Peter N. M. Hansteen wrote:
> "Dan Mahoney, System Admin" <[EMAIL PROTECTED]> writes:
>> I've found a few things based on openBSD's pf, but that doesn't seem to be 
>> the default in BSD either.
> Recent BSDs (all of them, FreeBSD 5.n/6.n included) have PF in the base 
> system.
> 'overload' rules are fairly easy to set up, eg 
> table <bruteforce> persist
> #Then somewhere fairly early in your rule set you set up to block from the 
> bruteforcers
> block quick from <bruteforce>
> #And finally, your pass rule.
> pass inet proto tcp from any to $localnet port $tcp_services \
>         flags S/SA keep state \
>       (max-src-conn 100, max-src-conn-rate 15/5, \
>          overload <bruteforce> flush global)
> for more detailed discussion see eg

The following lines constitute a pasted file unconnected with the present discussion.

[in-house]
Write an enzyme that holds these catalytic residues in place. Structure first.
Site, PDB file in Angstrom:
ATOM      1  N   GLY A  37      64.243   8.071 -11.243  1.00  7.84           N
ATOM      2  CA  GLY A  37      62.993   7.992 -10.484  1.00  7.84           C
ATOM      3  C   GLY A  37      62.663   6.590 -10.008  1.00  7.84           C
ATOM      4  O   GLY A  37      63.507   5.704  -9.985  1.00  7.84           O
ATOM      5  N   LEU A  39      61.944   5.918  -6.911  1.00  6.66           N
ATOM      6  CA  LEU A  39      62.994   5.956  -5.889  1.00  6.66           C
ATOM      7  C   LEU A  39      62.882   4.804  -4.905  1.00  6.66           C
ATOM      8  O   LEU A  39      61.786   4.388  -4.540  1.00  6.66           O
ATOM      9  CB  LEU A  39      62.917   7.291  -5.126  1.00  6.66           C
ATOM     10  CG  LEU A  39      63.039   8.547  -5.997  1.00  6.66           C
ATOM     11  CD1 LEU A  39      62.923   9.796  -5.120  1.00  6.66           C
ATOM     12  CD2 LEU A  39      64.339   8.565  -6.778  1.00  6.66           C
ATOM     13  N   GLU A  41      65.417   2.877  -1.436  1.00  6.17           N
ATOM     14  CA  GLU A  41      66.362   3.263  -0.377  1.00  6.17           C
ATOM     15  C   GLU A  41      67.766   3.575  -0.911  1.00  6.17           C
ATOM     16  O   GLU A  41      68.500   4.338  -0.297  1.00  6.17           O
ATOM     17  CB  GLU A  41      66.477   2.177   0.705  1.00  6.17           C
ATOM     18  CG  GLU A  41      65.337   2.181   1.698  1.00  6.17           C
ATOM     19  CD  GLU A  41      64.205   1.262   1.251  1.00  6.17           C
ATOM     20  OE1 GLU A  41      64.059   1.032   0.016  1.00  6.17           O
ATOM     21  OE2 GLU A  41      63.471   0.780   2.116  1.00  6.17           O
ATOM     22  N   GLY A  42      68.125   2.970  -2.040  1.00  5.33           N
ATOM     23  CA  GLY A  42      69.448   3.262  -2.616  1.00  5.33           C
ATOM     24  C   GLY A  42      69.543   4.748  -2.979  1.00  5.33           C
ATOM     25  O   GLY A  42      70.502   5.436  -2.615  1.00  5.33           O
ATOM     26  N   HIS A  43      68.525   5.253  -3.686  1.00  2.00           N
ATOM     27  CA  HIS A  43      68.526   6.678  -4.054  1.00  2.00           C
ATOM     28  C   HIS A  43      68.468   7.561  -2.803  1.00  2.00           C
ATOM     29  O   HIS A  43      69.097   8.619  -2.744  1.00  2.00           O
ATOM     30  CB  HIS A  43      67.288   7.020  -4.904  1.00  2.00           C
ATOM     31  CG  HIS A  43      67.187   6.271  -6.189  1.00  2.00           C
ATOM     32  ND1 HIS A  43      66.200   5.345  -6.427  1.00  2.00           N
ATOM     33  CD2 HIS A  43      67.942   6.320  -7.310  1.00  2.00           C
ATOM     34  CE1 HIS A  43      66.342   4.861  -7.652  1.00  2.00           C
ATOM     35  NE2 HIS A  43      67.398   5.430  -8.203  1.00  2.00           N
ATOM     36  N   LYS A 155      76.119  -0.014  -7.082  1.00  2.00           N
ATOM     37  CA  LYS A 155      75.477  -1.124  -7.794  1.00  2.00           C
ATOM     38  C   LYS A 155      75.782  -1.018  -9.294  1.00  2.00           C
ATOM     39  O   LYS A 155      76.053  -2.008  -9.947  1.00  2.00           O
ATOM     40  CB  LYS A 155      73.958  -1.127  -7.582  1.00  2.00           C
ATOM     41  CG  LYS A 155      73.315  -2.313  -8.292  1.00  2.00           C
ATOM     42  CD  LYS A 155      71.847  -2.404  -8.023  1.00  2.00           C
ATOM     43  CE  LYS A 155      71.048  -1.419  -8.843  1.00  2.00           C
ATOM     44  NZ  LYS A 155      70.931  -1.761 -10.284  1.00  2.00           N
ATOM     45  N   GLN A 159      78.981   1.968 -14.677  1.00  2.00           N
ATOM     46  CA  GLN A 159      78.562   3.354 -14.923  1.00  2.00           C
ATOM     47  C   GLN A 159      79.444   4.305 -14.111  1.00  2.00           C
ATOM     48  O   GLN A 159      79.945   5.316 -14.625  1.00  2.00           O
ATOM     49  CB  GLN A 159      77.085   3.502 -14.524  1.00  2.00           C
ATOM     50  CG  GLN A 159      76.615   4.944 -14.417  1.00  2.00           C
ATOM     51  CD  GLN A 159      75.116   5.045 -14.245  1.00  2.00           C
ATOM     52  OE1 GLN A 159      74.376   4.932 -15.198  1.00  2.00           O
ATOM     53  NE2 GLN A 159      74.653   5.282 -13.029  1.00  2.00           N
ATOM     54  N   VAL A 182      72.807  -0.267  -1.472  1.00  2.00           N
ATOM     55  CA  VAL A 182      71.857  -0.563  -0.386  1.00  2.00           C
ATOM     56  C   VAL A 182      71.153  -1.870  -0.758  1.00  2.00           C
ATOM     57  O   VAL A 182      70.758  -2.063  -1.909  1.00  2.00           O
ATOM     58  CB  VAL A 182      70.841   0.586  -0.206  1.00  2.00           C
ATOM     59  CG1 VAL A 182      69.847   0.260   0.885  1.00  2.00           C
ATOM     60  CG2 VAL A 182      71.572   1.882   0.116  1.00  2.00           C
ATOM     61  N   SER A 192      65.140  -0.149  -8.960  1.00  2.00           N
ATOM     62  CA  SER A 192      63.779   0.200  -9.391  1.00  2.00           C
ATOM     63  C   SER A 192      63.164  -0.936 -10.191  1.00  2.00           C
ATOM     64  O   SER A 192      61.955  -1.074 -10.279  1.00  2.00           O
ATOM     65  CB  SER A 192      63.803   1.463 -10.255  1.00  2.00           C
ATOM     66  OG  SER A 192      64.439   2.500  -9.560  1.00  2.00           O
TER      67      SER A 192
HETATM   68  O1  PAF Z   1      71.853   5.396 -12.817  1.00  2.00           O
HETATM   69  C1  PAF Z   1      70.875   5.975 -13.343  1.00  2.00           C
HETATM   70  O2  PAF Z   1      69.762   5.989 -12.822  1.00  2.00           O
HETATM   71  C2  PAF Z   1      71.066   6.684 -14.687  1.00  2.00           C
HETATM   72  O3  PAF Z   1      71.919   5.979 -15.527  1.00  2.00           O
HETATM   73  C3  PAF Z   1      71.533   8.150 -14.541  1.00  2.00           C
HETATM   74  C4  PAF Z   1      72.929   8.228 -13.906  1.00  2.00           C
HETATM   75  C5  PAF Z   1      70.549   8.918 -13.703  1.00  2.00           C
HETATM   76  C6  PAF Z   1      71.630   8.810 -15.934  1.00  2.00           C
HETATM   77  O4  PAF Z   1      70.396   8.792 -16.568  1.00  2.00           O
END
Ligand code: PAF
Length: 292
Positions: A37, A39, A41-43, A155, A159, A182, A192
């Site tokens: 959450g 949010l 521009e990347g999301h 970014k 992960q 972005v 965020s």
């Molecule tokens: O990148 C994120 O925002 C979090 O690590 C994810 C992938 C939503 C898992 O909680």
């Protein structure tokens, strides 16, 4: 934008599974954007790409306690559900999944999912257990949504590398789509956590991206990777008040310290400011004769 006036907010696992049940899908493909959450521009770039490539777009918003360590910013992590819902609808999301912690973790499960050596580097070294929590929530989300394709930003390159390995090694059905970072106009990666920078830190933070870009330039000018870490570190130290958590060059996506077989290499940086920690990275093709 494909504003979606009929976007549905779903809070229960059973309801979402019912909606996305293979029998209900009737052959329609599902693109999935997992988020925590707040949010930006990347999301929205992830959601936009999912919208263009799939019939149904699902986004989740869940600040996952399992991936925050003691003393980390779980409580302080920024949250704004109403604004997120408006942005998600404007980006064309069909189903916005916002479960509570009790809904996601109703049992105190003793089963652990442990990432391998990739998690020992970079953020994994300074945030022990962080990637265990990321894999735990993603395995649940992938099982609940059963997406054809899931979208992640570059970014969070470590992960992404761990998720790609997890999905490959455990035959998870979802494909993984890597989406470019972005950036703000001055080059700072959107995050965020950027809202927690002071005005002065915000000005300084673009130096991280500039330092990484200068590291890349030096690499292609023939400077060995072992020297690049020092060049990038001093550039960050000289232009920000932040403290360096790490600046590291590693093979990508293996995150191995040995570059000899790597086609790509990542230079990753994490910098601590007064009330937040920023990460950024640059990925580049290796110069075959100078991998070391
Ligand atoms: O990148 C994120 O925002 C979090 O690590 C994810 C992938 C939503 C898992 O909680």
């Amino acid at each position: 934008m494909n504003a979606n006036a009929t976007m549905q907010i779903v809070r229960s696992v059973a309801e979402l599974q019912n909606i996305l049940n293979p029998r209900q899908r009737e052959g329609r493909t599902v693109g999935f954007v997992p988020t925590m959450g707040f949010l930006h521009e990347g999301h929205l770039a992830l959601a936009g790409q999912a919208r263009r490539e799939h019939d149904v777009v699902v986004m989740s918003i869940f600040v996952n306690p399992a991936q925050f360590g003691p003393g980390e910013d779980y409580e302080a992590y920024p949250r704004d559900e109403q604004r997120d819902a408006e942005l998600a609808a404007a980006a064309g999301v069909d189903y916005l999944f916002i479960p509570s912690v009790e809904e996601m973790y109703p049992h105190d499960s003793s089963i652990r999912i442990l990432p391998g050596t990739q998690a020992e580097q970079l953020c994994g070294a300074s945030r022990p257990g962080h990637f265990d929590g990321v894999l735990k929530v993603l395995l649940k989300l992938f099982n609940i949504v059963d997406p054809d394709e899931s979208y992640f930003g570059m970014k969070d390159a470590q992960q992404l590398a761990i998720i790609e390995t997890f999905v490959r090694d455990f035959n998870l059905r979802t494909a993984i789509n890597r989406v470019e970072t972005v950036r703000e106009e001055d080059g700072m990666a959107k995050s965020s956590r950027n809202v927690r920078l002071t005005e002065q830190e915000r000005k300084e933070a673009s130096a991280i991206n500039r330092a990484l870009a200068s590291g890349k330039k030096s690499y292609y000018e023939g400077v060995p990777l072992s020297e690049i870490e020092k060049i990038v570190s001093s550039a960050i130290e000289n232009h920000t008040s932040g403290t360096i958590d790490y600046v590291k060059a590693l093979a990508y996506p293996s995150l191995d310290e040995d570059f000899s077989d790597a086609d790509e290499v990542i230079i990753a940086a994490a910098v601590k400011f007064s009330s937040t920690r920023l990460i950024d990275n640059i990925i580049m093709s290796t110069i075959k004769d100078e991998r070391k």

The really nice thing about this pf based technique is that it does not
need to scan log files (like most of the other brute force blockers). So
you can use it on a gateway firewall to protect a whole network of
machines behind it.

Although in that case having a whitelist of IPs that are always allowed
to connect would be sensible.



Dr Matthew J Seaman MA, D.Phil.                       7 Priory Courtyard
                                                      Flat 3
PGP:         Ramsgate
                                                      Kent, CT11 9PW

Attachment: signature.asc
Description: OpenPGP digital signature

Reply via email to